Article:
A descriptive study of neonates born to mother with tuberculosis in a low middle income country
da Silva, Sonia Mariza Neves
Background. Tuberculosis (TB) in pregnancy is associated with unfavourable maternal and neonatal outcomes. A paucity of South African (SA) data exists regarding the impact of maternal TB on neonates. Objectives. To describe demographical and clinical characteristics and outcomes of mothers diagnosed with TB and their neonates and compare it to TB negative mothers and their neonates. Methods. This was a retrospective unmatched case-control study of sick and premature neonates admitted to Charlotte Maxeke Johannesburg Academic Hospital (CMJAH) between 1 January 2013 and 31 December 2017. Cases were identified as neonates born to mothers with TB. Controls included the next two inborn neonates delivered to TB negative mothers. Results. Maternal TB prevalence in this study was 0.9%. The majority of mothers confirmed human immunodeficiency virus (HIV) positive had TB and few were on antiretroviral (ARV) therapy. If taking ARVs, these mothers commonly defaulted treatment, had a higher viral load (VL) and a lower cluster of differentiation 4 (CD4) compared to the control group. Likewise, TB exposed neonates were more likely to be HIV positive. Mothers with TB were at higher risk for spontaneous abortions, preeclampsia, maternal anaemia, chorioamnionitis, pneumonia and more likely to require ventilation. Tuberculosis exposed neonates had higher rates of early-onset sepsis (EOS), late-onset sepsis (LOS), respiratory distress syndrome (RDS), chronic lung disease (CLD) and need for ventilation. The only factor associated with a high risk of TB in mothers was CD4. Conclusion. Unfavourable neonatal and maternal outcomes associated with TB found at CMJAH were consistent with that reported globally.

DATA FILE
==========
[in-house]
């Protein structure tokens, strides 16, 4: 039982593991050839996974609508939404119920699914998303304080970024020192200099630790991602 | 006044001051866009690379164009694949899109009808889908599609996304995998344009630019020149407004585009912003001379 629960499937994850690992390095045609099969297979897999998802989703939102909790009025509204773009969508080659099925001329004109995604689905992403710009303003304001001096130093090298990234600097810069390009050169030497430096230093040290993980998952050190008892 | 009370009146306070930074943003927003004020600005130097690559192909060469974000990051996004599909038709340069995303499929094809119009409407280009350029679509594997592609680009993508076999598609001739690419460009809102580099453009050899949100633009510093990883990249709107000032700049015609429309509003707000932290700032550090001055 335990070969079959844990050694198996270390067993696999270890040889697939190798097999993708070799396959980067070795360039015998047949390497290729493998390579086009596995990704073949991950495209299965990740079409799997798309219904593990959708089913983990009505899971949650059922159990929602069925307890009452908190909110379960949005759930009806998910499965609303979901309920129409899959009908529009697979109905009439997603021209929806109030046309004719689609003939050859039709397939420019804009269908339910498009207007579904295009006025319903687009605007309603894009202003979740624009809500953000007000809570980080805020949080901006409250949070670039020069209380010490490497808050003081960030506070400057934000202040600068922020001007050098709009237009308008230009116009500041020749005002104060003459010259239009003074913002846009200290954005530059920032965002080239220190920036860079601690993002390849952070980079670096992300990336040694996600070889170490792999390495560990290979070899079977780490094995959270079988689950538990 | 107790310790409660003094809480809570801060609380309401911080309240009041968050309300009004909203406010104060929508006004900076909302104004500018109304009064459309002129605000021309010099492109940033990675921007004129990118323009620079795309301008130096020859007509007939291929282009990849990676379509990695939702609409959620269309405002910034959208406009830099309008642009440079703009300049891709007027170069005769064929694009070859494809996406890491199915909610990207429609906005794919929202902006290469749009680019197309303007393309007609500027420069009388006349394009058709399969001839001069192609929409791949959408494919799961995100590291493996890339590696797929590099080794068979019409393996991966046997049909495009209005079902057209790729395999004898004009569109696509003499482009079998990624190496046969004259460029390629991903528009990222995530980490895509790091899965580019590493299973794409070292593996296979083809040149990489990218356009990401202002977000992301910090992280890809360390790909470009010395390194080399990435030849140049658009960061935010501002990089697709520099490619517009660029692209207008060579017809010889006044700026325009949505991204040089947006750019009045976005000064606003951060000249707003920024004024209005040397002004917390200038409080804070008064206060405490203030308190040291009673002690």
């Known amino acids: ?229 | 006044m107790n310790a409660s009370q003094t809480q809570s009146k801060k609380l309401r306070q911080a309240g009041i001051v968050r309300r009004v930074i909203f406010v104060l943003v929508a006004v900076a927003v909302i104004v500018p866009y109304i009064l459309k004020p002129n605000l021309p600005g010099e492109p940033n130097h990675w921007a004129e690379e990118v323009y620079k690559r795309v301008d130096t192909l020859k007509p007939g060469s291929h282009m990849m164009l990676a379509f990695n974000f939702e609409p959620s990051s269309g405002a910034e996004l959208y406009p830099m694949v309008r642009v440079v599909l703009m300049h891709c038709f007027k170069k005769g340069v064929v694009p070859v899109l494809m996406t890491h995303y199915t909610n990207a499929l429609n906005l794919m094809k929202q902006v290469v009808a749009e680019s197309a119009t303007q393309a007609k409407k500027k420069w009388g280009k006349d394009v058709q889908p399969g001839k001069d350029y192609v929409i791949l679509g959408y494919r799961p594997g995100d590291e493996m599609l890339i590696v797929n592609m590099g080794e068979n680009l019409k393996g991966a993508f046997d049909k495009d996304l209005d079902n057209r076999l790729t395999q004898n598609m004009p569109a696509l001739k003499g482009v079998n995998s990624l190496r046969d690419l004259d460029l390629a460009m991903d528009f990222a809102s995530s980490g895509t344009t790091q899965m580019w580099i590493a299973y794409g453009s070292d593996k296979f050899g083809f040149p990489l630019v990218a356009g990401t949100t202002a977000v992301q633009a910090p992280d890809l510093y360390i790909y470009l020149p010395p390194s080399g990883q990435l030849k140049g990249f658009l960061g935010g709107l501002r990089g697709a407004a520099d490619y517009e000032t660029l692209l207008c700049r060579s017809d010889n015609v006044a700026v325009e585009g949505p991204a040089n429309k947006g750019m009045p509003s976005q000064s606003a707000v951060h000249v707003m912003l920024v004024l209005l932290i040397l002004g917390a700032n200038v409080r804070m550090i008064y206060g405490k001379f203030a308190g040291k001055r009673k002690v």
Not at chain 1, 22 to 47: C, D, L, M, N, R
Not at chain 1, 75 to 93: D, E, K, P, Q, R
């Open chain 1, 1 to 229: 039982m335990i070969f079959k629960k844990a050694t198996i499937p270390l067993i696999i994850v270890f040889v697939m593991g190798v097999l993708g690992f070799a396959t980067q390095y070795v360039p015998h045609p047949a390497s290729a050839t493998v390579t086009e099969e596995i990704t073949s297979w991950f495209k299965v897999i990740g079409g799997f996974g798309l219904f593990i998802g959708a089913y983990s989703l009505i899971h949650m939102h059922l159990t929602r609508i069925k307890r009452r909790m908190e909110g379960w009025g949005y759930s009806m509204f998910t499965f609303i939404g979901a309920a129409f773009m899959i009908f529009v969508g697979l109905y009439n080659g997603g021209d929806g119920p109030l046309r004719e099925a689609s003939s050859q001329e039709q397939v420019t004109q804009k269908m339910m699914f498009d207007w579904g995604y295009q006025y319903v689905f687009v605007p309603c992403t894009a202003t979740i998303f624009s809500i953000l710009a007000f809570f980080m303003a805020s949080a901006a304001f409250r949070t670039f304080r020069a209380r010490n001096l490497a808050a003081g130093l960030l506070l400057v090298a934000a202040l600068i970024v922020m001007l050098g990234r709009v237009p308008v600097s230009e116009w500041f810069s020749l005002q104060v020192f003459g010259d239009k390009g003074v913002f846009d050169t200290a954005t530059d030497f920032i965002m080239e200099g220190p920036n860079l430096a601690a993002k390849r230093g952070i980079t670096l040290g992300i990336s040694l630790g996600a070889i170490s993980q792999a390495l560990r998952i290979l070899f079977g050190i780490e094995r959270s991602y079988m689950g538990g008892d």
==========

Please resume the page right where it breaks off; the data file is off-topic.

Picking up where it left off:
A research report submitted in fulfilment of the requirements for the degree of Master of Medicine in Paediatrics to the Faculty of Health Sciences, School of Clinical Medicine, University of the Witwatersrand, Johannesburg, 2021